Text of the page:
Passage to Anywhere

By Rose Ann Sinay

Our bucket list is a page long. It’s split into three columns: “his,” “hers,” and a space for a (happy?) compromise.

The first item on my list is a trip to France – Paris – the heatbeat of the country. I want to see the Eiffel Tower. I want to walk under the great stone arches of Notre Dame breathing in the history, the drama, the lives and the ghosts of years past. I want to eat bakery fresh croissants at an outside café with a cup of strong coffee, and then, spend hours at the Louvre Museum (tourist all the way) absorbing all the dust motes that float through the air carrying centuries of creative energy. At the end of the day, I would enjoy a dinner of duck confit before laying my head on the pillow at the Hotel Ritz. Ahh. . . it’s my idea of a dream vacation, but not one that my husband shares with me.

My husband’s idea of a real adventure is going to a dude ranch in Montana. Think Billy Crystal in City Slickers round ‘em up cowboys – or is it, shoot ‘em up cowboys? He wants the raw adventure: eating pork and beans in a tin cup, herding cattle, sleeping on the ground with a jacket rolled up for a pillow staring up at the stars, surrounded by the smell of horses and their sweaty riders.

So what lies between the historically romantic ambiance of Paris and the giddy-up-go of a dude ranch? Alaska. Or, at least it is on our map.

Some lifelong friends had the same idea. We could go together. The plan was sounding better and better – luxury cruise, good food and drink and a spa! Once on land, there would be all the elk and moose walking through the woods that my husband could ever want to see. Maybe, he could fish the salmon swimming upstream and catch one for our dinner. We read books on Alaska, talked to friends whom had already made the trip. We were ready.

And then, as it happens in reality, our trip had to be postponed. We were disappointed, but Alaska would still be there when we were ready – hopefully before either of our knees (or other body parts) gave way.

Two years passed. Our small vacations were lackluster, to say the least. It was time for the big one. Our friends, Judy and Chris called again. They were ready to do a return trip. Were we ready, they asked? “Hell, yes,” we replied.

We prepared again. We re-read our literature and planned our itinerary. It was time to purchase tickets. We were doing it! I didn’t even mind that the croissants we would consume on the ship would be not be the savory pastry served at a quaint French restaurant.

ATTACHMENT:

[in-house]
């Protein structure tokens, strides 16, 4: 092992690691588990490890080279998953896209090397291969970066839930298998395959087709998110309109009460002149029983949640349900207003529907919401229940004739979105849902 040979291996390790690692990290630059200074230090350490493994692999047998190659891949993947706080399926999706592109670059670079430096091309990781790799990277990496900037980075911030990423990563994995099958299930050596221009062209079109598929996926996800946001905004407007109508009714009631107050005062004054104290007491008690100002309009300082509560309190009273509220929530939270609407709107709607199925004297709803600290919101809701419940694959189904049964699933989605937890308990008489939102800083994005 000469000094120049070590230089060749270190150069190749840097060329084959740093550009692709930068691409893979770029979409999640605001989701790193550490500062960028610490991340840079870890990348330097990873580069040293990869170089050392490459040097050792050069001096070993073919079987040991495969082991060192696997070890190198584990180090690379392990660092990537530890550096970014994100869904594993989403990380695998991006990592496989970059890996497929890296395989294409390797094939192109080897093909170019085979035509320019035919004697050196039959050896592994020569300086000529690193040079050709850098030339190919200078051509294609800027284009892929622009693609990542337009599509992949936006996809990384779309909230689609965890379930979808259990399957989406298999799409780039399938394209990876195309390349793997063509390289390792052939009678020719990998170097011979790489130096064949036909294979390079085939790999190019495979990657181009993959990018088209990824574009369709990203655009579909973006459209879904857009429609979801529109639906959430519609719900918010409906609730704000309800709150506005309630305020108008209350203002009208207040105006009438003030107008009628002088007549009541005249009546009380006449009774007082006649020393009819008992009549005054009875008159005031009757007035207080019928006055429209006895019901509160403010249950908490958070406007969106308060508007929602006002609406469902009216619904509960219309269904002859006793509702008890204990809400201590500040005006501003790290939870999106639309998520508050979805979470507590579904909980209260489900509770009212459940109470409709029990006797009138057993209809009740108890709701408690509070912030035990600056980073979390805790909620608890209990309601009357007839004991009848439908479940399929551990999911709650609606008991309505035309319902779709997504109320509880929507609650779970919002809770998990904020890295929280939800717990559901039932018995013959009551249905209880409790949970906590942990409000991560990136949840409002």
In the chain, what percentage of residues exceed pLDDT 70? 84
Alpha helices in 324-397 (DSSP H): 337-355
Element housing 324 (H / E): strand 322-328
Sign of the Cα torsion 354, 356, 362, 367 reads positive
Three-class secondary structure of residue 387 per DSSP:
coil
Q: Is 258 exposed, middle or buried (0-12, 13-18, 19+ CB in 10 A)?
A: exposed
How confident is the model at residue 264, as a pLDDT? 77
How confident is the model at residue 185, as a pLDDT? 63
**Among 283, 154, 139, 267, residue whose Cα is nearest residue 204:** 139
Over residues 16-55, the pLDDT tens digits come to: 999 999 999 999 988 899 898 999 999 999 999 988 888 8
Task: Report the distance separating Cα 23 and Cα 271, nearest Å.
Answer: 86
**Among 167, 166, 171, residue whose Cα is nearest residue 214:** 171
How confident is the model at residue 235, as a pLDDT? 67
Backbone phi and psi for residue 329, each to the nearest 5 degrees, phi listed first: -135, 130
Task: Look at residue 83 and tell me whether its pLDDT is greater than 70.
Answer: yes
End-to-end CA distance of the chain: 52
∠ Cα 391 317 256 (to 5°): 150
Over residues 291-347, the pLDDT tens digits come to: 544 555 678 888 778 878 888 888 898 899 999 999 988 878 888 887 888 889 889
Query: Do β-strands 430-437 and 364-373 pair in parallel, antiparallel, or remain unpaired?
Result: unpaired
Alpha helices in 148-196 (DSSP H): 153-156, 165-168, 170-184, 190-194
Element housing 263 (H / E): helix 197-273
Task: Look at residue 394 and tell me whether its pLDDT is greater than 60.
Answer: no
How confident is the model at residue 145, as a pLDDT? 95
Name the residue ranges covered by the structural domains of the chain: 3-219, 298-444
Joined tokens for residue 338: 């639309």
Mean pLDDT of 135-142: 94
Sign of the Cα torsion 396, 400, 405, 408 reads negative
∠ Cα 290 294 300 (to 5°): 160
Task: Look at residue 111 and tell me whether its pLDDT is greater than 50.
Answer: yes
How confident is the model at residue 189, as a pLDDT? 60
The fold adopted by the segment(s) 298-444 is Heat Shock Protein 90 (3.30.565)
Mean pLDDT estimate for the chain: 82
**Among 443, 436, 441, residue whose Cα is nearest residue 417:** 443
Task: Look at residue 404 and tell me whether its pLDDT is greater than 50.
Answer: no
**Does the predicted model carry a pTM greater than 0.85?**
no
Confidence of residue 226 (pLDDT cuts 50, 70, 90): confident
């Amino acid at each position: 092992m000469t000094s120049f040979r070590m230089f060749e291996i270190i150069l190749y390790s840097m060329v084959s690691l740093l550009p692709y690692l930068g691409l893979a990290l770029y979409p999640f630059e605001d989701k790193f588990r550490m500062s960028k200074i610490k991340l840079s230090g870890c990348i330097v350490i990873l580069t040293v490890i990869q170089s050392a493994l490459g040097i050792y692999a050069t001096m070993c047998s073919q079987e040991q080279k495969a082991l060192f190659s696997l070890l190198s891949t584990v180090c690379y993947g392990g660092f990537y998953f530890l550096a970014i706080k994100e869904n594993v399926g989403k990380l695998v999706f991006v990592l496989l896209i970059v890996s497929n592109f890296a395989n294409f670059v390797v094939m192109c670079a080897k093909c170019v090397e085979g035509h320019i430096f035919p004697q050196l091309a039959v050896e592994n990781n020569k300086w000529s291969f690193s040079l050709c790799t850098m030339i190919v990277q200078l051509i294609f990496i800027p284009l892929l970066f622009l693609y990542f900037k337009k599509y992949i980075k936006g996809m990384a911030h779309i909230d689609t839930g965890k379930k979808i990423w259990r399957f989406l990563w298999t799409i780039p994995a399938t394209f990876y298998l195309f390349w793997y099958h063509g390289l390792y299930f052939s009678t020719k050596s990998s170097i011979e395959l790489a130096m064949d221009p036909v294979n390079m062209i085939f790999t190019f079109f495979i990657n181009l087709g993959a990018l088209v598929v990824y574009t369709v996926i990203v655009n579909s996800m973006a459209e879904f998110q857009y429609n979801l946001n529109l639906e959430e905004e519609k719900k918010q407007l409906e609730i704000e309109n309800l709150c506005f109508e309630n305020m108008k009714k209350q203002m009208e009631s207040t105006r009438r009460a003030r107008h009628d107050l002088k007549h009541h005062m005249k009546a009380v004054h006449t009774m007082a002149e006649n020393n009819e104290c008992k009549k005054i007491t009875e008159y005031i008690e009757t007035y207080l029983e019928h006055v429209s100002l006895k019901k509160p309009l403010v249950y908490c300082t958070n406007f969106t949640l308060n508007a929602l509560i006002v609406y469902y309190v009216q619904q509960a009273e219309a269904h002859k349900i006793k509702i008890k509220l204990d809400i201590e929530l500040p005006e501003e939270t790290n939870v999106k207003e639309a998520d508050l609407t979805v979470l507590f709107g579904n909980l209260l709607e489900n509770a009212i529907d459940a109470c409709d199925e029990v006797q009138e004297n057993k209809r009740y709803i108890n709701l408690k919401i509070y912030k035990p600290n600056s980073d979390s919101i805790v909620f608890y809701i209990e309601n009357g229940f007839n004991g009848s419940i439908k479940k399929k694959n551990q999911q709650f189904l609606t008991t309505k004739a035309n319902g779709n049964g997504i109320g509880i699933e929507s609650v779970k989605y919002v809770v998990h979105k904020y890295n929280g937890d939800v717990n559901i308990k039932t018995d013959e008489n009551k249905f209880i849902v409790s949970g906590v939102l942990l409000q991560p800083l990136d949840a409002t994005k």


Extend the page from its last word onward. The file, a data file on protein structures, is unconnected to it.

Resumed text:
And, just as our plans gained momentum, it happened, again. Life stepped in the way. Plans were cancelled. Were we ever going to get there?

After a hectic and emotional year of family “happenings,” we were too tired to think about planning a vacation. The only trip we considered was my husband’s 50th high school reunion in Connecticut. That meant, of course, side trips to New York and Massachusetts to see our grandchildren, Addie and Mila-Rose. That, in itself, would make the long drive worth it.

Our first stop was our son’s house in the woods of the Berkshires. Addie informed us that we would be sleeping in her room that had been recently decorated in a forest theme. Stuffed squirrels, bears, dragons and a moose peeked at us from the corners of the room. White birch tree decals lined the walls. The ceiling was covered with constellations of stars that made me dizzy as I tried to sleep that night. My husband was in his glory sharing a pretend camping trip with his granddaughter. Between the walks in the forest with Addie and the “possible” bear sightings, our indoor/outdoor camping experience was as close to Montana or Alaska that my husband was going to get for a while.

Finally, we were off to Connecticut to my husband’s high school reunion – to the guessing game of faces that would have changed considerably over the past 50 years. It was further proof we couldn’t ignore the expiration date on that long bucket list any longer.

Judy and Chris, the couple whom we had made and ditched vacation plans, were the first people we saw on our reunion weekend. “Want to try again?” they asked. They’d been to Alaska so many times they could be our own personal guides.

So maybe a fifty-year high school reunion is an event everyone should attend. It reminds of who we were, where we are, and how far we can go. Sure, we all look a little different and walk a little slower, but the hopes and dreams are still the same. I think this is the year we make it to Alaska . . . the third time’s the charm.

About this writer

  • Rose Ann Sinay

    Rose Ann Sinay

    Rose Ann Sinay is a freelance writer newly relocated to Connecticut. She continues to write about moments worth remembering, graciously provided by family and friends.

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5 Responses to “Passage to Anywhere”

  1. Erika Hoffman says:

    Yes, life does get in the way of great trips; nonetheless, those treks are always worth taking as one comes back renewed and also more knowledgeable about something or other! We went to Alaska with friends about 10 years ago. I’ll never forget that trip. And it gave me lots to write about! Hope you go!

  2. Linda O'Connell says:

    I love this essay. Just proves when life gets in the way, you don’t have to can the trip, just postpone it. You will love Alaska.

  3. Tammy Rohlf says:

    After reading your story so glad I just renewed my passport. Time to start on that bucket list!!

  4. Mary Ann says:

    I loved this! Although I, too, have a Travel Bucket List, the grandkids always trump the faraway places.

  5. Deb Ilardi says:

    Ro, you keep us reading and feeling those emotions so well. Thank you for another wonderful essay and an amazing insight into the personal side of you writing.

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